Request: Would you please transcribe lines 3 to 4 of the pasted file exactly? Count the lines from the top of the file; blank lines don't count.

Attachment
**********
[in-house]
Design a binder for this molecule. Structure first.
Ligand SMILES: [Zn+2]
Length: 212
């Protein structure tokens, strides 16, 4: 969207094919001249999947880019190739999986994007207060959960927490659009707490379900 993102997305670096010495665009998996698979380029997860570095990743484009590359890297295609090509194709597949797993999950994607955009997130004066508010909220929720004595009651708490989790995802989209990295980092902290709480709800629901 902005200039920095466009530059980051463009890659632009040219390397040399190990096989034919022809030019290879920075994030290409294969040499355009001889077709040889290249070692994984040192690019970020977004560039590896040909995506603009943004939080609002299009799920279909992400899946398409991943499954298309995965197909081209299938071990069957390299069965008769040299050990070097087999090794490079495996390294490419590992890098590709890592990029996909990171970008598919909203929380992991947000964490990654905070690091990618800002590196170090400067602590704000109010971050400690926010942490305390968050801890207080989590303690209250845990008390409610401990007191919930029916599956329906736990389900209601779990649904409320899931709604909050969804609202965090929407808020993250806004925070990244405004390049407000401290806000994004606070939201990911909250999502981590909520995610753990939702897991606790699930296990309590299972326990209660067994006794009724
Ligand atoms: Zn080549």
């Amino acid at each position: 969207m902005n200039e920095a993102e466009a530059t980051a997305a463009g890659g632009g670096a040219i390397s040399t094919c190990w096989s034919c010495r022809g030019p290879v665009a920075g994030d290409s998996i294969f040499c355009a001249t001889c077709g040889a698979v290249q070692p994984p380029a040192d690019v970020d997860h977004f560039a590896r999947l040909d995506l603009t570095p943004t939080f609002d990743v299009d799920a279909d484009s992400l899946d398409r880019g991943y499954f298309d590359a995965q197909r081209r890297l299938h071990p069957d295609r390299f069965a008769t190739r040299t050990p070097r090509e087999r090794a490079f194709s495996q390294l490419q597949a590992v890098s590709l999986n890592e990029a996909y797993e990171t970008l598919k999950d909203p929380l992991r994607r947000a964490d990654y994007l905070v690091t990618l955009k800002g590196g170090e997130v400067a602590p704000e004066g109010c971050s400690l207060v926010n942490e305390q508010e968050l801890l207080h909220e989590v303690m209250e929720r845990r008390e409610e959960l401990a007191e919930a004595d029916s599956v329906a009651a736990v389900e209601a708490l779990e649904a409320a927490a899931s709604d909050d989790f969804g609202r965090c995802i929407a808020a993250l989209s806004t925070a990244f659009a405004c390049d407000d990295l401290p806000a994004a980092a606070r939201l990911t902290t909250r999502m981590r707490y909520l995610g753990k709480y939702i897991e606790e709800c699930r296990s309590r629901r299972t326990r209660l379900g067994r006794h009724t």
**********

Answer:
Ligand SMILES: [Zn+2]
Length: 212